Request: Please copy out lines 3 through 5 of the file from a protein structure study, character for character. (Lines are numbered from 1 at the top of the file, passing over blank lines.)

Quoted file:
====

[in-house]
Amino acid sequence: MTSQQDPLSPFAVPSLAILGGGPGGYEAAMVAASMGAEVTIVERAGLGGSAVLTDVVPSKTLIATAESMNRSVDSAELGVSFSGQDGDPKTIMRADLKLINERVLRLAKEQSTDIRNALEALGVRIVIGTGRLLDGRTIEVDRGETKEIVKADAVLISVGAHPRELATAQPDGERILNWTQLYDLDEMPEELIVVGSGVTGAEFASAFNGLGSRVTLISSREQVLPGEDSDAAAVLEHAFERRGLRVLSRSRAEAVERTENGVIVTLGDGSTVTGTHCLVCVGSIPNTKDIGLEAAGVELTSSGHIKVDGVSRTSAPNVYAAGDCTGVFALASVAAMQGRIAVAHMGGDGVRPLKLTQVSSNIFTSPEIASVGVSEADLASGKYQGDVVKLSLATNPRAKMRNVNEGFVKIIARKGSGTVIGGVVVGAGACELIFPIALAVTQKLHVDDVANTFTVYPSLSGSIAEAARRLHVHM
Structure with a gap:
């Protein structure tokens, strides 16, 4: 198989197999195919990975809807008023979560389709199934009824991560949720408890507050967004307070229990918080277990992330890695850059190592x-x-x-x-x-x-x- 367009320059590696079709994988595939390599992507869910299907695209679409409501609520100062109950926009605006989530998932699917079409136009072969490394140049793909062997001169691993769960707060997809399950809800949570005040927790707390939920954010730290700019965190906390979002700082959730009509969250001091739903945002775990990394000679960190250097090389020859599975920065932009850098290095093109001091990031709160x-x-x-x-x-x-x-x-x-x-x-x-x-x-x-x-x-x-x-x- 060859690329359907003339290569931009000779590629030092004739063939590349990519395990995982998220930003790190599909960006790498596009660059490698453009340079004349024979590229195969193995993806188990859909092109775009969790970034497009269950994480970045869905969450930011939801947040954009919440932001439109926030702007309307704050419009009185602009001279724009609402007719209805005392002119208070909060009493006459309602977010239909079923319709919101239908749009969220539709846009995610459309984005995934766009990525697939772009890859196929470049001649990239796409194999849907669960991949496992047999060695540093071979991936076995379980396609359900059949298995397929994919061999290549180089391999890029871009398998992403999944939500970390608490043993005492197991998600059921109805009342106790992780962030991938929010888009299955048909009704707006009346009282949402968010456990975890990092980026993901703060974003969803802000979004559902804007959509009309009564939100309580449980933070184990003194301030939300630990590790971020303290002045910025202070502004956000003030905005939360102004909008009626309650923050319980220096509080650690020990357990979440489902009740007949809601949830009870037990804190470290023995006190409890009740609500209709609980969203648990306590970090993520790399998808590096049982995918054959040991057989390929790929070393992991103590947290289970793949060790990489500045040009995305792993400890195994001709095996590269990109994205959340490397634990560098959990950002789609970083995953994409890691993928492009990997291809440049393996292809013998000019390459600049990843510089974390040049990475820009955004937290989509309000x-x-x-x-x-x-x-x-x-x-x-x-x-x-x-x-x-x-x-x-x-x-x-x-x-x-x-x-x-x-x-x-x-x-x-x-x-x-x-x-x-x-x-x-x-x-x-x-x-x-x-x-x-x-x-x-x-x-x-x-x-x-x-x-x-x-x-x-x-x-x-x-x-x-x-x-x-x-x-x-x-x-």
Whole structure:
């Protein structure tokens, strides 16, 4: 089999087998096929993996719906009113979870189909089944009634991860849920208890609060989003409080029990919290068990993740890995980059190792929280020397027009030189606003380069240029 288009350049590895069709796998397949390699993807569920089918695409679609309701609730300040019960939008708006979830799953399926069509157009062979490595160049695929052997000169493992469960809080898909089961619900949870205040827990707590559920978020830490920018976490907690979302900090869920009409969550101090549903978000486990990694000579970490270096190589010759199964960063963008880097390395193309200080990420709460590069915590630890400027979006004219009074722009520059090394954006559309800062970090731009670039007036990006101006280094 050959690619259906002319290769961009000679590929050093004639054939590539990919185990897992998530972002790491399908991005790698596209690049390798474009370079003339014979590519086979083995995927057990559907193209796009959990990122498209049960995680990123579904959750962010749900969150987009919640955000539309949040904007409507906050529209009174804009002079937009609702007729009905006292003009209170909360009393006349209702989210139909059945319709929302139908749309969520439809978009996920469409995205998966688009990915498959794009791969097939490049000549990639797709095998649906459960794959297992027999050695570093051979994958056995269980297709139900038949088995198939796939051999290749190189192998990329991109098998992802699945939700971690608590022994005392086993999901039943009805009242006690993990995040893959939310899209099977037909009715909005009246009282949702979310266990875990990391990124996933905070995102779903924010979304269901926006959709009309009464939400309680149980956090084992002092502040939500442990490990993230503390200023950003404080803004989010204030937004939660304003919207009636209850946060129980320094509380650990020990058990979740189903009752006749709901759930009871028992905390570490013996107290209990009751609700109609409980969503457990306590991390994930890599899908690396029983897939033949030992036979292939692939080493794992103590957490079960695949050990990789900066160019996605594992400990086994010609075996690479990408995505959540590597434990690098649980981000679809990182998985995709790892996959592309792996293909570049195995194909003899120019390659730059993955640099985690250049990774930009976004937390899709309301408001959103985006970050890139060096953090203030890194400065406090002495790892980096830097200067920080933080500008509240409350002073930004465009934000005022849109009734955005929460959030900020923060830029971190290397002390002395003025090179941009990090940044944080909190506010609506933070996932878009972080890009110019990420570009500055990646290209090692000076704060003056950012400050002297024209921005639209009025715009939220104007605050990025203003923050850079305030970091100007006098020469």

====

Structure with a gap:
């Protein structure tokens, strides 16, 4: 198989197999195919990975809807008023979560389709199934009824991560949720408890507050967004307070229990918080277990992330890695850059190592x-x-x-x-x-x-x- 367009320059590696079709994988595939390599992507869910299907695209679409409501609520100062109950926009605006989530998932699917079409136009072969490394140049793909062997001169691993769960707060997809399950809800949570005040927790707390939920954010730290700019965190906390979002700082959730009509969250001091739903945002775990990394000679960190250097090389020859599975920065932009850098290095093109001091990031709160x-x-x-x-x-x-x-x-x-x-x-x-x-x-x-x-x-x-x-x- 060859690329359907003339290569931009000779590629030092004739063939590349990519395990995982998220930003790190599909960006790498596009660059490698453009340079004349024979590229195969193995993806188990859909092109775009969790970034497009269950994480970045869905969450930011939801947040954009919440932001439109926030702007309307704050419009009185602009001279724009609402007719209805005392002119208070909060009493006459309602977010239909079923319709919101239908749009969220539709846009995610459309984005995934766009990525697939772009890859196929470049001649990239796409194999849907669960991949496992047999060695540093071979991936076995379980396609359900059949298995397929994919061999290549180089391999890029871009398998992403999944939500970390608490043993005492197991998600059921109805009342106790992780962030991938929010888009299955048909009704707006009346009282949402968010456990975890990092980026993901703060974003969803802000979004559902804007959509009309009564939100309580449980933070184990003194301030939300630990590790971020303290002045910025202070502004956000003030905005939360102004909008009626309650923050319980220096509080650690020990357990979440489902009740007949809601949830009870037990804190470290023995006190409890009740609500209709609980969203648990306590970090993520790399998808590096049982995918054959040991057989390929790929070393992991103590947290289970793949060790990489500045040009995305792993400890195994001709095996590269990109994205959340490397634990560098959990950002789609970083995953994409890691993928492009990997291809440049393996292809013998000019390459600049990843510089974390040049990475820009955004937290989509309000x-x-x-x-x-x-x-x-x-x-x-x-x-x-x-x-x-x-x-x-x-x-x-x-x-x-x-x-x-x-x-x-x-x-x-x-x-x-x-x-x-x-x-x-x-x-x-x-x-x-x-x-x-x-x-x-x-x-x-x-x-x-x-x-x-x-x-x-x-x-x-x-x-x-x-x-x-x-x-x-x-x-």
Whole structure: